by Lindsey Alexander | MedCityNews
Medtech Women will focus on value in healthcare at its annual Vision conference on Sept. 10 in Menlo Park, Calif. According to the organization’s website, the group brings together medtech’s “business leaders, financial investors, researchers, physicians and experts in new product commercialization.”
“A key pillar of the MedtechVision conference is fostering a forum that provokes creative ideas and solutions to current challenges in healthcare,” Susan Stimson, VP of Marketing for Intersect ENT and Medtech Women organizing committee member, said. “By bringing together leaders from the medtech industry, investment, provider, patient and payor perspectives, our goal is to stimulate meaningful discussion on how the medtech community can adapt to the demand for value, whether it be through products, services or other changes, ultimately providing positive change in our healthcare system. I look forward to hearing what ideas will be stimulated on September 10th by key women thought leaders, such as Sue Siegel, CEO of GE Healthymagination and Stacey Enxing Seng, President of Vascular Therapies at Covidien.”
Stimson provided these thoughtful answers to questions about how value affects medtech companies vying for venture capital and significant room at the healthcare reform table.
How is value changing for the medtech industry in this time of healthcare reform?
Broad sweeping healthcare reform including accountable care has led hospitals and physicians to struggle to find avenues to cut costs and improve efficiency, all while becoming more responsible for the continuum of patient care. Who better to serve as leaders in addressing these needs than the medtech industry, who have proven time and again how innovative and adaptive we can be in bettering patient care and outcomes despite changes in our healthcare system. We know the medtech industry will find solutions; we always have. One of the panels at MedtechVision 2013 is a mock debate between a fictional entrepreneur, provider, payer and patient to illustrate the competing agendas as to what is considered ’valuable’ innovation and why. It is sure to provoke much thought as well as laughter.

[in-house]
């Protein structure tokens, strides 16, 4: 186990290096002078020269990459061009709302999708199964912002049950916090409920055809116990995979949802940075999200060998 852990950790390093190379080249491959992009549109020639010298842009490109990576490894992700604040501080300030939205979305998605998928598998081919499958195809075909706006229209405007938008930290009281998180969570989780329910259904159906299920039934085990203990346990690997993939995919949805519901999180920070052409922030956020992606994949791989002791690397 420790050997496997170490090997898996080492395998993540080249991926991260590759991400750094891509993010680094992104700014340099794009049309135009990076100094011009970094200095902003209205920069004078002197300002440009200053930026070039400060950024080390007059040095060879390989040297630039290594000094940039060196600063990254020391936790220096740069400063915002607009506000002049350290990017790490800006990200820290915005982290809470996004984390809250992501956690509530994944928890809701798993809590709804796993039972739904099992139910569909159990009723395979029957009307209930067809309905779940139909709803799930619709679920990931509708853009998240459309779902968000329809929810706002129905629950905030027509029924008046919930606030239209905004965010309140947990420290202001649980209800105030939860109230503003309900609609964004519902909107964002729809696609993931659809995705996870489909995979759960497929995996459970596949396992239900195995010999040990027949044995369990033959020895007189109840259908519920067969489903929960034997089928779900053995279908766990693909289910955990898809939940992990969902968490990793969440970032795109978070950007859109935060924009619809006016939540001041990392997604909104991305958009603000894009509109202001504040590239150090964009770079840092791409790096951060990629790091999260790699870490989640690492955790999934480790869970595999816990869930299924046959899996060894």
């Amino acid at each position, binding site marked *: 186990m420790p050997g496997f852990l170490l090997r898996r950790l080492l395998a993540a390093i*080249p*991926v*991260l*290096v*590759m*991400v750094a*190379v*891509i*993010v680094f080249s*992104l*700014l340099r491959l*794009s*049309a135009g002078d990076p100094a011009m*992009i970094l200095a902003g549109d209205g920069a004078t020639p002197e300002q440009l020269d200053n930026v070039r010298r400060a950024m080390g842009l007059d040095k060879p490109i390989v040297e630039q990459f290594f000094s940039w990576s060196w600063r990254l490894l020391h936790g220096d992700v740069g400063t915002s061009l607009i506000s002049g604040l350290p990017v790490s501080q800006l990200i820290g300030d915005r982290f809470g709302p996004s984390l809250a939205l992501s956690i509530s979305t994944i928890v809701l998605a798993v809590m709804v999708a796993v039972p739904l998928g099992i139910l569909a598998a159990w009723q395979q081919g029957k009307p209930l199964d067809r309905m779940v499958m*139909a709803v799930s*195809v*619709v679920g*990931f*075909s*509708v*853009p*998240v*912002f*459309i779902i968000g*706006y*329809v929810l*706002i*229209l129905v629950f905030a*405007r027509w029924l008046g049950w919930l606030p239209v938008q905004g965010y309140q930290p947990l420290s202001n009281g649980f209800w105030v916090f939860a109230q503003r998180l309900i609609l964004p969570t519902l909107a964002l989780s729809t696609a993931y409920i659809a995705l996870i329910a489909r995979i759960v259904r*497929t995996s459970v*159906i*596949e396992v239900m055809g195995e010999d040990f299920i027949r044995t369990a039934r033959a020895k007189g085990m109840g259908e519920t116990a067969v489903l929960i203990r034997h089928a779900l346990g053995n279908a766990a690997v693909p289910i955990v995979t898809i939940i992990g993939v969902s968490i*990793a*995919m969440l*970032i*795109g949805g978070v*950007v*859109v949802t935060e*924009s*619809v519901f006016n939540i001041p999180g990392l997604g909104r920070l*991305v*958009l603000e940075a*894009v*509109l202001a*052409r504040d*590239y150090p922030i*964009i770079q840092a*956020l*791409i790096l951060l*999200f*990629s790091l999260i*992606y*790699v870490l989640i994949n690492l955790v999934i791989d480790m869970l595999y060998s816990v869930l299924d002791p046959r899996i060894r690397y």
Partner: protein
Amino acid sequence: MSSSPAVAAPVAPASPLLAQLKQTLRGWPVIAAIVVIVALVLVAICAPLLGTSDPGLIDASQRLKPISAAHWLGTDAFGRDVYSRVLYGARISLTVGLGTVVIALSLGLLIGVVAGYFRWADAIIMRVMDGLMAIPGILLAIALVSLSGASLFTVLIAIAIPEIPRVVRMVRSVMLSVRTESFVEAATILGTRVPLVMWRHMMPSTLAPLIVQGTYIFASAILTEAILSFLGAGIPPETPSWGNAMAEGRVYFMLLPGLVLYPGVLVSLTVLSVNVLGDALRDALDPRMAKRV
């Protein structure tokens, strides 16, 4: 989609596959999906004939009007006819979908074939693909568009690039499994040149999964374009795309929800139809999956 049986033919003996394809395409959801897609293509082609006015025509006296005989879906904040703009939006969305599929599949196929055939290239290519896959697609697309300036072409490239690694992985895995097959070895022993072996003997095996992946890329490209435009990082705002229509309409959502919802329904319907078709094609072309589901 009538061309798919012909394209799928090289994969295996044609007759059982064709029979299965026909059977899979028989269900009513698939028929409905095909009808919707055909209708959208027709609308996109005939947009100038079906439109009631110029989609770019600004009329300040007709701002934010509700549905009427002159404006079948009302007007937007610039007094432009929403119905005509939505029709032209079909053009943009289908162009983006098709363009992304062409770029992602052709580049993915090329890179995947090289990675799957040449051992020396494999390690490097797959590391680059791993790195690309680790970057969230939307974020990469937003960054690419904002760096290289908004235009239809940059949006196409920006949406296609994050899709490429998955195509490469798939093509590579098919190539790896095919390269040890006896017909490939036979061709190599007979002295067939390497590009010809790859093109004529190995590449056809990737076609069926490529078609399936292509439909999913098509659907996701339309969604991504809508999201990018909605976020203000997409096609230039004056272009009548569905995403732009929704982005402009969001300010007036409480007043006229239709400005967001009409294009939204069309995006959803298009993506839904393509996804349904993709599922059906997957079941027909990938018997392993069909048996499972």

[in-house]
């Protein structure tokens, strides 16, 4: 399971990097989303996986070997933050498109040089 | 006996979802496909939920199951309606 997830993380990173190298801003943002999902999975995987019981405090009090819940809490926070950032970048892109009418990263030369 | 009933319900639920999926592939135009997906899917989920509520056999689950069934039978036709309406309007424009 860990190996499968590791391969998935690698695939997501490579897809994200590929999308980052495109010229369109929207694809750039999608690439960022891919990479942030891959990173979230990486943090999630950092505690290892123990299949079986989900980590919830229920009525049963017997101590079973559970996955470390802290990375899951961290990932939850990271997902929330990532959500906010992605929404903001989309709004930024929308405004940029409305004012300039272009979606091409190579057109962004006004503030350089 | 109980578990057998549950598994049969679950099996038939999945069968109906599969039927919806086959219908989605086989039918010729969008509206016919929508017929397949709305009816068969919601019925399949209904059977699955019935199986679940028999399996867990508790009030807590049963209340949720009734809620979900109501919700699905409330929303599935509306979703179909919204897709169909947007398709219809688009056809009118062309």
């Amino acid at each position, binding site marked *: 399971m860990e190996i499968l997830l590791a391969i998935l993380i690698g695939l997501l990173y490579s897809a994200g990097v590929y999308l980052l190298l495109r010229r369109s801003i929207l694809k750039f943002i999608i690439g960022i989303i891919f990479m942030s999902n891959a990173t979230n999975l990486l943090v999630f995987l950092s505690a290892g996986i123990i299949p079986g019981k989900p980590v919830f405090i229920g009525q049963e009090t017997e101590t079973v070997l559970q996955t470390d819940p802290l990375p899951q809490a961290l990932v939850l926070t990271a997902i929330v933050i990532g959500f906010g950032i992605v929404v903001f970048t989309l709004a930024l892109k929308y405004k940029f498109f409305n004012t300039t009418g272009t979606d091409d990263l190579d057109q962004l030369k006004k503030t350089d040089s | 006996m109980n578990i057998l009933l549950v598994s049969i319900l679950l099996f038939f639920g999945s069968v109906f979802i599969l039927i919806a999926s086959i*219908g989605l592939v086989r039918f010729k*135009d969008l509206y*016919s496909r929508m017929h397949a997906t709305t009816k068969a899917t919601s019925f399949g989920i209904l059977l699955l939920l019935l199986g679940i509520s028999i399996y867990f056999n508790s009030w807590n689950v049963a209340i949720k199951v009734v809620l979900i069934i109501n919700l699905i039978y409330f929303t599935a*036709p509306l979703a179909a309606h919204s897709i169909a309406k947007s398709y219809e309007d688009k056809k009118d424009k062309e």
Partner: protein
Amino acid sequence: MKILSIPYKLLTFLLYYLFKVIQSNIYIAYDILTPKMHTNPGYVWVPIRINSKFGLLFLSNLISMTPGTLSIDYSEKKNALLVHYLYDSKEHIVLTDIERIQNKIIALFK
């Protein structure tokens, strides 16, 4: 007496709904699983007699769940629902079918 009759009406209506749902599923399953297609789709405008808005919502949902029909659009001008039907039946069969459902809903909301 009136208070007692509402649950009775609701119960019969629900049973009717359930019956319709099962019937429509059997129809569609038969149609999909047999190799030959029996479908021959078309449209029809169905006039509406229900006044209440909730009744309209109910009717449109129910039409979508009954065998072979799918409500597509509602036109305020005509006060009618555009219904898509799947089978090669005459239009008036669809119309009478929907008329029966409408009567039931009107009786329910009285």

What business trends are you seeing that you expect to grow in the medtech industry?
Bringing forward meaningful advances in patient care has always been the focus of the medtech industry. We’ve tended to concentrate on technology that diagnoses and treats clinical conditions more effectively, which continues to be the primary driver of innovation. But addressing the value challenge is really part of improving patient care. To that end, large companies, start-ups, and entrepreneurs are now all talking value in the course of product ideation and development. Investors are increasingly evaluating companies based on their value proposition. Our panel on ’Saving Money to Raise Money’ includes investors, industry leaders, and entrepreneurs that will speak about value stories that exist today, criteria being used to measure value, and if non-value ideas can flourish despite the demand for change.
With the downturn in venture capital for medical devices, what advice would you give to early-stage startups pursuing VC? How does value play into what attracts VCs to a particular idea or business?
Value is the hot topic of the year. Entrepreneurs must clearly outline the value proposition not only to patients but also to physicians, payers and hospital administration. The large potential acquirers like Abbott are increasingly looking at all constituents and that certainly drives VC interest. Fortunately, there are many ways to go about this. From products that make procedures better and simpler, to new services that provide efficient care delivery to healthcare IT that provides ease of patient condition monitoring. It has also become increasingly important to address international markets. Large corporations such as Covidien have expressed commitment to serving emerging markets. One of our panels will cover how a variety of companies are evaluating such global potential.